RIVERTON, N.J. (WPVI) -- It's as if time is standing still in a house on Bank Avenue in Riverton, New Jersey.
Known as the Caleb Clothier House, it's lovingly cared for and decorated in the style of the 1800s.
Owners Mary Louise Bianco-Smith and Ken Smith are history buffs, thrilled the home has been designated a local historic site for its role as a stop in the Underground Railroad which helped slaves escape to freedom.
"We were able to prove that not only Caleb Clothier, but Edward and Sarah Ogden would do anything they could to help free and expedite the flight for the enslaved," Bianco-Smith said.
Built in 1851 and perched on the Delaware River, it was once the summer home of Caleb Clothier, co-founder of Strawbridge and Clothier department stores and an active abolitionist in Pennsylvania.
It's believed he and the next owners, the Ogdens, hid slaves in the sprawling basement.
"They would come off the river and would come to the house, but still be kept in the basement," Smith said. "There were nooks and crannies down there; there were places that people could hide."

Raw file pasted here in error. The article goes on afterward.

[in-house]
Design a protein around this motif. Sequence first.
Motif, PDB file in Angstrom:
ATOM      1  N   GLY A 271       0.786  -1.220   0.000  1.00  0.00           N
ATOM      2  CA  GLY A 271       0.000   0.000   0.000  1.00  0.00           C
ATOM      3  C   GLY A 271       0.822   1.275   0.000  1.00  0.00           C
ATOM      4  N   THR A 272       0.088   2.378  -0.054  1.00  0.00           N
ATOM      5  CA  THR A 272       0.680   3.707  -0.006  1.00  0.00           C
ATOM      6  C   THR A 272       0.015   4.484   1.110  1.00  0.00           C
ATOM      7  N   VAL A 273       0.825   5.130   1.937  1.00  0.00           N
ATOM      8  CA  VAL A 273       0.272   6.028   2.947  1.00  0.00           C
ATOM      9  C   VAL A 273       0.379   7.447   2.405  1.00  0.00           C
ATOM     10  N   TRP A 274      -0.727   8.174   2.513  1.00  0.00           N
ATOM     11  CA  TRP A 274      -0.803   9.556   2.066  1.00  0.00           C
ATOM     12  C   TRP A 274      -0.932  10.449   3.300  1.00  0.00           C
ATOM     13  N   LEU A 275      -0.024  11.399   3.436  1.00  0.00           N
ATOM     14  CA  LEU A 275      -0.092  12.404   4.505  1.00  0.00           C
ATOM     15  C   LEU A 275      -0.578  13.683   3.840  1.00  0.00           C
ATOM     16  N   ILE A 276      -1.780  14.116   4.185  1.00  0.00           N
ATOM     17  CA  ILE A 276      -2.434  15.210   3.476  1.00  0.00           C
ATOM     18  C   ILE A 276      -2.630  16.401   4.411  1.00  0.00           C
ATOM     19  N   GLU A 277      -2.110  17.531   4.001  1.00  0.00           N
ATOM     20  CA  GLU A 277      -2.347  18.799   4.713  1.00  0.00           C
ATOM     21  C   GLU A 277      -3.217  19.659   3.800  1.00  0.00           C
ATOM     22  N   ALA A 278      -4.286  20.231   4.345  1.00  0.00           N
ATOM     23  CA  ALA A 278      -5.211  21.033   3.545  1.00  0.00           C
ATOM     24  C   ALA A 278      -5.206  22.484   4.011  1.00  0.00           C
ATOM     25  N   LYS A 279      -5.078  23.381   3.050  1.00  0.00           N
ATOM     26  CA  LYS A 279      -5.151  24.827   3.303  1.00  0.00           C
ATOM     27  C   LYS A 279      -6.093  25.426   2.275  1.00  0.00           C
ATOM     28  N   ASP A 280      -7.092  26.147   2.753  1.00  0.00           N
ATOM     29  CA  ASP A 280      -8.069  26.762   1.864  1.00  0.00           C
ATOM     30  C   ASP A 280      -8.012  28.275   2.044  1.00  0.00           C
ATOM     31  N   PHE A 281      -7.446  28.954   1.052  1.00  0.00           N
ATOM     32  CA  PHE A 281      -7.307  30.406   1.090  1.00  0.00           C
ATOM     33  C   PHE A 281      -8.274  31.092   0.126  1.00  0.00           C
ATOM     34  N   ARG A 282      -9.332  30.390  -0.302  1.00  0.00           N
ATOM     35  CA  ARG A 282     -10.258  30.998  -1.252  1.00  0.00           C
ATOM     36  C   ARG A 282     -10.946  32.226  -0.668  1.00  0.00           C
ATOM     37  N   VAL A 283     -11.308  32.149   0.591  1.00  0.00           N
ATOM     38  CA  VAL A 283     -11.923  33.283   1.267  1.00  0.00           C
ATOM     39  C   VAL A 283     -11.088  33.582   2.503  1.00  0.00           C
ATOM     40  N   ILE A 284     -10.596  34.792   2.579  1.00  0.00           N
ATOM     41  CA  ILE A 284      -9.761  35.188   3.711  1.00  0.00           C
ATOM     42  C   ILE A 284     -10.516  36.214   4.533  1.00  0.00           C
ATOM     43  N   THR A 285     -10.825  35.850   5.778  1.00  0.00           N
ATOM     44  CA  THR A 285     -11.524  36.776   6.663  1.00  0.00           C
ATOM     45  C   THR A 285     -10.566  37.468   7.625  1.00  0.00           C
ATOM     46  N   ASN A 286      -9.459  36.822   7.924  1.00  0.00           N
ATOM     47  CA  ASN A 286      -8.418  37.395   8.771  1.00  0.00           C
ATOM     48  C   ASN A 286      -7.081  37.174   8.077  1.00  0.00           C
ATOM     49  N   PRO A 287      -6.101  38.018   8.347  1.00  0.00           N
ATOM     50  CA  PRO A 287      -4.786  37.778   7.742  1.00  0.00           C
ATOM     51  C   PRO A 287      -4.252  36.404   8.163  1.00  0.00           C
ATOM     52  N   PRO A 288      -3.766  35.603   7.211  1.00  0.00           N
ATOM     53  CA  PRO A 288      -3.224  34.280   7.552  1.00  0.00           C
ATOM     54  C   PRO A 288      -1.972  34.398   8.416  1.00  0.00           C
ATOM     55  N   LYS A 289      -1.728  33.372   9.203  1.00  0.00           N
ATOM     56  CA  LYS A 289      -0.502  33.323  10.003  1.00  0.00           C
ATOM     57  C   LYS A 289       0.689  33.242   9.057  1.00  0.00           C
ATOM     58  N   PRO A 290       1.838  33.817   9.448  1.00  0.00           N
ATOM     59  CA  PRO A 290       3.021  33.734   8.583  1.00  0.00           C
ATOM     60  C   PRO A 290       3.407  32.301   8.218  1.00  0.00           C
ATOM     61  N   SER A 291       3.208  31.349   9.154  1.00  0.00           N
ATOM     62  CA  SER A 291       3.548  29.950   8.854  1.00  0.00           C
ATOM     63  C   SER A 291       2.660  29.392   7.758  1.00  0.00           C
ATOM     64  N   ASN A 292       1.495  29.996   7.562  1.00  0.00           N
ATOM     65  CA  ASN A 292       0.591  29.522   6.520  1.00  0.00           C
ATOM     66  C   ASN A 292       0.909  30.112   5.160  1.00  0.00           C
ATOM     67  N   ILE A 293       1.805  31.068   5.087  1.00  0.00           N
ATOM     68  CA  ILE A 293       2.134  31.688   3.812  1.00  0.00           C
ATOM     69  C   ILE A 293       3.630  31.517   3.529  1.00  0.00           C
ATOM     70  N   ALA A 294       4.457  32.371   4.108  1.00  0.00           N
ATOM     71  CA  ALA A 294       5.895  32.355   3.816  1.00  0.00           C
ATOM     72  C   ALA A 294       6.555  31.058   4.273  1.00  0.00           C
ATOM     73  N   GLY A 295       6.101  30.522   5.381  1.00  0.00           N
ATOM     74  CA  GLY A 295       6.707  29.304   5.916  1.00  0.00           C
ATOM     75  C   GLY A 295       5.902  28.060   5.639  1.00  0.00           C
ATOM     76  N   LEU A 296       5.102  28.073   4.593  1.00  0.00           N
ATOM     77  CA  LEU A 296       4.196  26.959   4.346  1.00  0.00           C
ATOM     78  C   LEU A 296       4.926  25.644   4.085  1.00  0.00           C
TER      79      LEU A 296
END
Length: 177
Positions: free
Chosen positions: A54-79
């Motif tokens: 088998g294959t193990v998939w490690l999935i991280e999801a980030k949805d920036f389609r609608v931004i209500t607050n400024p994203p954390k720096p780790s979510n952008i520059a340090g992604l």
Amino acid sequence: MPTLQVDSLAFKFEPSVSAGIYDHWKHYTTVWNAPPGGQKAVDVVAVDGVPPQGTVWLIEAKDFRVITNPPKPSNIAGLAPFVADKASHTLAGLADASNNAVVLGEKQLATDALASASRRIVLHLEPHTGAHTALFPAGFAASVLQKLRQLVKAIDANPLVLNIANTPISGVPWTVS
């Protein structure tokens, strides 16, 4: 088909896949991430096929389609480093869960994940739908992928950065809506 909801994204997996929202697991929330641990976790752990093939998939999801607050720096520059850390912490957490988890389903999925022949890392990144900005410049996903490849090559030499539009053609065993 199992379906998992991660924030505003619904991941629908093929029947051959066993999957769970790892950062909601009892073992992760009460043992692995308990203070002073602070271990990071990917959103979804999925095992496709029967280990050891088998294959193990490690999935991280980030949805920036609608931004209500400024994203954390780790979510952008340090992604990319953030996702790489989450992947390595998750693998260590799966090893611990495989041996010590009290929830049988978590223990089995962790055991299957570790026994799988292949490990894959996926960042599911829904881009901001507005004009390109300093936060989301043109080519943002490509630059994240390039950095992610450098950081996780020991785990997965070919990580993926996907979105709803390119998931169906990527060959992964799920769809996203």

From the time she was a child, it was Mary Louise's dream to live in the house and now that she's here, it's her mission to share its rich history.
"My goal is to teach the children to value history and the legacy," Bianco-Smith said.
There are artifacts from the 1800s and a bricked-over tunnel, it's believed slaves used to access the basement.
Ken and Mary Louise embrace their homes past and offer guided tours by appointment.
The reason they do it is simple.
"Teach them about famous people that lived in a little small town who were very quiet, that did the best they could to work together to help others," Bianco-Smith said.
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NJ home of Strawbridge & Clothier co-founder spotlights Underground Railroad
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